(1) Melt 1 tablespoon of butter in a pot over medium-high heat. When melted, add the bulgur and stir for about 3 minutes until grains are lightly toasted. Next, add the required amount of water, usually about 1 1/2 liters (if using chicken broth, it’s probably about 6 cups) along with the two chicken bouillon cubes. Let everything come to a boil and then immediately lower the heat, cover, and let simmer until the bulgur is soft, about 20 minutes, adding more liquid if necessary along the way. *Bulgur should cool on the side for twenty minutes and then chill in the fridge for an hour before assembling the salad. (2) In a large bowl, combine all the chopped vegetables and herbs, everything from cucumber through garlic along with the cooked bulgur. Moisten the salad with olive oil, vinegar, lemon and tomato juice, stirring well. Let the salad chill in the fridge until ready to eat. (3) Allow the lamb to come to room temperature before searing, halving the fillets for easier cooking. Sprinkle all sides generously with sea salt, cracked pepper, and dried oregano. In a large skillet, melt 1 tablespoon of butter over medium-high heat until hot and add the lamb pieces. Sear both sides of the fillets for 3 minutes until browned and medium-rare. Let the lamb rest, covered, for another 3 minutes before slicing. (4) Serve each plate with one heaping spoonful of the tabbouleh and a warm lamb piece, garnishing with mint sprigs or dollops of mango chutney if desired.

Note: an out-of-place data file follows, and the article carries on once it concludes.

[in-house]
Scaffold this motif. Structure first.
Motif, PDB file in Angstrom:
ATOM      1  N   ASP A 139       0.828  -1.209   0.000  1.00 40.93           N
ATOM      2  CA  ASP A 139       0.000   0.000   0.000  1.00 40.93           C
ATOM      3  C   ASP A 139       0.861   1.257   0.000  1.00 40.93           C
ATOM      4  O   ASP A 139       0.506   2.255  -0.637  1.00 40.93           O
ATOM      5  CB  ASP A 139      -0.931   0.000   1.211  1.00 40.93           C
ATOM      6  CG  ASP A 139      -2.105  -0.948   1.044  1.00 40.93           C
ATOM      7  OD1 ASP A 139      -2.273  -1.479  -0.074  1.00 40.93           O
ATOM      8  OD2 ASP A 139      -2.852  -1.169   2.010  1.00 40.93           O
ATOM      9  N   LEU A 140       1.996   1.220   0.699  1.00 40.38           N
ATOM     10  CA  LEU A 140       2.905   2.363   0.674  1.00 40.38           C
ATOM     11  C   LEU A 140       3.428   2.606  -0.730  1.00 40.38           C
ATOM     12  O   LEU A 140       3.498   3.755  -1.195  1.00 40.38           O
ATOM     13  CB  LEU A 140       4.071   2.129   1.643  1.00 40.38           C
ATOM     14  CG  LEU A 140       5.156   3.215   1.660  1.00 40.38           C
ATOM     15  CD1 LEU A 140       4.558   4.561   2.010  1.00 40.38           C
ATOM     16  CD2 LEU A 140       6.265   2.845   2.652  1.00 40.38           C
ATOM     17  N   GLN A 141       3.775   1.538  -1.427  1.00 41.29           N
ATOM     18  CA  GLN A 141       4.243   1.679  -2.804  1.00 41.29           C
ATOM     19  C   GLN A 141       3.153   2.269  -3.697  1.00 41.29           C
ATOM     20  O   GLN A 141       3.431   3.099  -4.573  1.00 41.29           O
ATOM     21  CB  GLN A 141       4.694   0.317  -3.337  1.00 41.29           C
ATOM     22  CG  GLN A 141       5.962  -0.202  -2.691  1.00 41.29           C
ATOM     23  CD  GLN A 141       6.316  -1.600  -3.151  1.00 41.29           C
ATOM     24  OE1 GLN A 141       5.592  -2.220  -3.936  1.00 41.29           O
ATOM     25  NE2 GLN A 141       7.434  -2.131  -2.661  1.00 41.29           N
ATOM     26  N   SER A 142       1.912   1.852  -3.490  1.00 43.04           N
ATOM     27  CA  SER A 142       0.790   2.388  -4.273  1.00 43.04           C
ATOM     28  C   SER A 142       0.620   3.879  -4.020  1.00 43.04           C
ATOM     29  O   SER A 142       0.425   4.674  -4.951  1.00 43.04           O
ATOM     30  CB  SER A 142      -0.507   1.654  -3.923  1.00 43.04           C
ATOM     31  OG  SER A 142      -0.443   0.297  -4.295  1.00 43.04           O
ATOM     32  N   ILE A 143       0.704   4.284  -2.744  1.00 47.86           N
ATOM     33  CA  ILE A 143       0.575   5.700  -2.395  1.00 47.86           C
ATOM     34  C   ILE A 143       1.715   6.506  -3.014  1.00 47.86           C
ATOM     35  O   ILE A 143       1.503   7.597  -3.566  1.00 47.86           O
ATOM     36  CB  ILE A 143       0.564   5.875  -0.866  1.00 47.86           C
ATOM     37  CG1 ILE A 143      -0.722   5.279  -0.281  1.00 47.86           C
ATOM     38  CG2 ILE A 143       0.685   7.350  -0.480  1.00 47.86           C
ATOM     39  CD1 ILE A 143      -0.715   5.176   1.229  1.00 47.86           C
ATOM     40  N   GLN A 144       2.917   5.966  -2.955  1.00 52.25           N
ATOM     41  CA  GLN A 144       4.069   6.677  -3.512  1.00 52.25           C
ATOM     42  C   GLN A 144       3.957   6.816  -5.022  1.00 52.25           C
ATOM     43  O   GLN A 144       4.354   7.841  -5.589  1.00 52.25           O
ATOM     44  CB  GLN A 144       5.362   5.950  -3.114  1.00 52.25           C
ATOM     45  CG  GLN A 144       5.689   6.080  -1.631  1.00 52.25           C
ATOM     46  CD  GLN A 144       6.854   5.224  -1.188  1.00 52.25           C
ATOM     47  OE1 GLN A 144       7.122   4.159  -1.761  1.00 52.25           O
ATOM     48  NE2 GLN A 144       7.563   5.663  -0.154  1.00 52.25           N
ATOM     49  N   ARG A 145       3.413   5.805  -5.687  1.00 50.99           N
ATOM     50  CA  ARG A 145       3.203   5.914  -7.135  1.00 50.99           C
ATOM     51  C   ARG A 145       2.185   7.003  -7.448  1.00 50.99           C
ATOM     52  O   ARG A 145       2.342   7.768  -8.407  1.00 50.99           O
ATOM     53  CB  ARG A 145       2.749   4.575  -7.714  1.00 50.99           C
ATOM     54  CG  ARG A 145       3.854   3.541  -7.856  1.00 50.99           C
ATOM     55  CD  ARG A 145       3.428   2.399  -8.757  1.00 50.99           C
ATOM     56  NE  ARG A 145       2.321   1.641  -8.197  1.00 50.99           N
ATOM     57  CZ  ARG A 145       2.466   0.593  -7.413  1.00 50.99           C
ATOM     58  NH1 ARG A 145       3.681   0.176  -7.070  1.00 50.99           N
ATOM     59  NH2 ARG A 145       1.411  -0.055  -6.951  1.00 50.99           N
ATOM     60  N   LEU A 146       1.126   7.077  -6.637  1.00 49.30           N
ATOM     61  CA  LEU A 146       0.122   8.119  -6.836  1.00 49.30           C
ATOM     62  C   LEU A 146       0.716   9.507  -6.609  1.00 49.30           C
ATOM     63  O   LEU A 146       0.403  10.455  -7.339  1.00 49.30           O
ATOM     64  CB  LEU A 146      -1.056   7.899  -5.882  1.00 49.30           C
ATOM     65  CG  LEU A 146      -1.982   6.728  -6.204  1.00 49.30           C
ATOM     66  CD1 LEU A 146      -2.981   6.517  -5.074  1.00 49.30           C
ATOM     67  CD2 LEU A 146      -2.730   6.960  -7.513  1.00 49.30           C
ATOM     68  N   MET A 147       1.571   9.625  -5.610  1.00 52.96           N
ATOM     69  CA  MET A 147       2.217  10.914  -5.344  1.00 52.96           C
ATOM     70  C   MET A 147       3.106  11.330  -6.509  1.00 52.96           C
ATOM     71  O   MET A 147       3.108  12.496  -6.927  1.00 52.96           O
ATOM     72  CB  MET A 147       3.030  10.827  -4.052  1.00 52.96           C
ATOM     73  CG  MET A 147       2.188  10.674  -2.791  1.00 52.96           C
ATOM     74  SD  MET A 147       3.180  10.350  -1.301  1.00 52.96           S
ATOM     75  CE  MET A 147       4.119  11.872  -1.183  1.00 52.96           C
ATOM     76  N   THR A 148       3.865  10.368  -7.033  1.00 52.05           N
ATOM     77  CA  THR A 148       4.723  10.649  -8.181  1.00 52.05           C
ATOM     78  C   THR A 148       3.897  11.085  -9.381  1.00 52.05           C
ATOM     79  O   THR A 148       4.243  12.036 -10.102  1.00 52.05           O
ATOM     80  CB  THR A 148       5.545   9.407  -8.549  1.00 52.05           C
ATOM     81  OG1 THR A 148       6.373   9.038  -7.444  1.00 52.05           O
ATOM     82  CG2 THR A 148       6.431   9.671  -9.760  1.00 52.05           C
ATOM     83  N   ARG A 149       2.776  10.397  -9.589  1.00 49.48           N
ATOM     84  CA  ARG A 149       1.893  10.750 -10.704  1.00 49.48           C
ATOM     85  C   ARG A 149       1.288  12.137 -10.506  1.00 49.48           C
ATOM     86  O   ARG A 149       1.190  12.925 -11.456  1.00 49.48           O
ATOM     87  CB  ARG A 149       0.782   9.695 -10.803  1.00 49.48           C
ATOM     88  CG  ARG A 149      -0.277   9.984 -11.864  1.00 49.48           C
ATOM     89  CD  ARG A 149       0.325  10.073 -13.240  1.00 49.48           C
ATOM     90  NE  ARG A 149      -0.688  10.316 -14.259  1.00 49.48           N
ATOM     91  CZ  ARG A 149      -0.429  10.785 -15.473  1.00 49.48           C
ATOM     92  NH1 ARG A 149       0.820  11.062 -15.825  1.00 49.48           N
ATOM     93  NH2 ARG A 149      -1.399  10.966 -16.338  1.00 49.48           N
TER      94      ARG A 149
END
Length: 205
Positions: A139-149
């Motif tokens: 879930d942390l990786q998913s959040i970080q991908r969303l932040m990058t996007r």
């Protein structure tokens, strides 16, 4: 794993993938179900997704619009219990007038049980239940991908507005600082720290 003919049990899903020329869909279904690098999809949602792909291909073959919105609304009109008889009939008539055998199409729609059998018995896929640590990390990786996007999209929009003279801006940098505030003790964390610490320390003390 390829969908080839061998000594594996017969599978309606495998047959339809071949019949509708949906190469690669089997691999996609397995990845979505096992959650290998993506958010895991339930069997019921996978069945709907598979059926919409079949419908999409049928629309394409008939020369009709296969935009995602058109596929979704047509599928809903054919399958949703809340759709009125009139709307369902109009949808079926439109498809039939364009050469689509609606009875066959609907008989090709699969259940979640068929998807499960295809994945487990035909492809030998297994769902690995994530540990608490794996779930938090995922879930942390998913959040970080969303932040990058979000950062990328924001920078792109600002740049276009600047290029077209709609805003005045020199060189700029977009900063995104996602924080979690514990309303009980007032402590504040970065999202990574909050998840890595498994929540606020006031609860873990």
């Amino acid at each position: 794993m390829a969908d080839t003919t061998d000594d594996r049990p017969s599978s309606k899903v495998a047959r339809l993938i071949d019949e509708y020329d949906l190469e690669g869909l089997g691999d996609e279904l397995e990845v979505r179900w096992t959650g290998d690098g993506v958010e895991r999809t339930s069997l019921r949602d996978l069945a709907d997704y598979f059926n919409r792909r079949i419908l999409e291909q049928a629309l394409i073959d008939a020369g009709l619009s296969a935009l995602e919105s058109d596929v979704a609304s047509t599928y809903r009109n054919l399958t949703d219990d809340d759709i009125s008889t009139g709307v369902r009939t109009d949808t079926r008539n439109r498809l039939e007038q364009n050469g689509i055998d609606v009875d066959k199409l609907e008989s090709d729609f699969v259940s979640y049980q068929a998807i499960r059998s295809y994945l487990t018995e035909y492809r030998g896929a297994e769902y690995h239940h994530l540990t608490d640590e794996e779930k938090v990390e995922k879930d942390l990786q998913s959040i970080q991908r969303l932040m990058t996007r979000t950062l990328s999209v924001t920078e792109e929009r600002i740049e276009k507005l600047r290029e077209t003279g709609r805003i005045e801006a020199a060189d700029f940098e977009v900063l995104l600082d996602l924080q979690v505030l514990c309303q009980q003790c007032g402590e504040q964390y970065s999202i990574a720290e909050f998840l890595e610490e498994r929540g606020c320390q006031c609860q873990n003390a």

Serves 4

As I often reflect after cooking lamb, the effort’s always worth it and there is something supremely satisfying about the way lamb tastes πŸ™‚ Don’t get me wrong, the salad’s tasty too, and it definitely lasts longer! As the cold, foggy weather sets in here I’ll have to come up with other hot food recipes to bolster my spirit πŸ˜‰ Not that I’m complaining though, I know it’s not getting any better outside and I’m starting to like being fixed to this new kitchen of mine…

My question: What is your favorite cut of lamb?